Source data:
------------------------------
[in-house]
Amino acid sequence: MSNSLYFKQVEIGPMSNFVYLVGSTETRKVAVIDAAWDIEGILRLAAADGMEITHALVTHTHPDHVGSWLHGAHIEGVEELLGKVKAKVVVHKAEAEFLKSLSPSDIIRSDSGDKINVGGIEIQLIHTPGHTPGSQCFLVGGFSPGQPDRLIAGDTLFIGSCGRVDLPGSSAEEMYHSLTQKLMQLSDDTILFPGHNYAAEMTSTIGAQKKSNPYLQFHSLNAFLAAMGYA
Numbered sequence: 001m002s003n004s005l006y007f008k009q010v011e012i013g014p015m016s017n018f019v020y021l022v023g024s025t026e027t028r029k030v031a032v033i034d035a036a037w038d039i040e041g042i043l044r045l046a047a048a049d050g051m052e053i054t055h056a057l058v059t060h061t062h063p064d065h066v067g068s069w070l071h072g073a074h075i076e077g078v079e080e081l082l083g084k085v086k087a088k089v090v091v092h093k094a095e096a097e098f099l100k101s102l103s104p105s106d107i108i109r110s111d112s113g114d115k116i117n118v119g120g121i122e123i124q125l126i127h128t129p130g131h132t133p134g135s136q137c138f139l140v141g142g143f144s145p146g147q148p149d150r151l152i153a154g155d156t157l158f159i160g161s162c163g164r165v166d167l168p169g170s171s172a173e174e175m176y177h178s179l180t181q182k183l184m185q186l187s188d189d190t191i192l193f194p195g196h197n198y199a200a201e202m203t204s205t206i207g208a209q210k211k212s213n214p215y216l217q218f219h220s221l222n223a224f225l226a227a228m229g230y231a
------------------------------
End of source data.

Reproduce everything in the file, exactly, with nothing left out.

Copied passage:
[in-house]
Amino acid sequence: MSNSLYFKQVEIGPMSNFVYLVGSTETRKVAVIDAAWDIEGILRLAAADGMEITHALVTHTHPDHVGSWLHGAHIEGVEELLGKVKAKVVVHKAEAEFLKSLSPSDIIRSDSGDKINVGGIEIQLIHTPGHTPGSQCFLVGGFSPGQPDRLIAGDTLFIGSCGRVDLPGSSAEEMYHSLTQKLMQLSDDTILFPGHNYAAEMTSTIGAQKKSNPYLQFHSLNAFLAAMGYA
Numbered sequence: 001m002s003n004s005l006y007f008k009q010v011e012i013g014p015m016s017n018f019v020y021l022v023g024s025t026e027t028r029k030v031a032v033i034d035a036a037w038d039i040e041g042i043l044r045l046a047a048a049d050g051m052e053i054t055h056a057l058v059t060h061t062h063p064d065h066v067g068s069w070l071h072g073a074h075i076e077g078v079e080e081l082l083g084k085v086k087a088k089v090v091v092h093k094a095e096a097e098f099l100k101s102l103s104p105s106d107i108i109r110s111d112s113g114d115k116i117n118v119g120g121i122e123i124q125l126i127h128t129p130g131h132t133p134g135s136q137c138f139l140v141g142g143f144s145p146g147q148p149d150r151l152i153a154g155d156t157l158f159i160g161s162c163g164r165v166d167l168p169g170s171s172a173e174e175m176y177h178s179l180t181q182k183l184m185q186l187s188d189d190t191i192l193f194p195g196h197n198y199a200a201e202m203t204s205t206i207g208a209q210k211k212s213n214p215y216l217q218f219h220s221l222n223a224f225l226a227a228m229g230y231a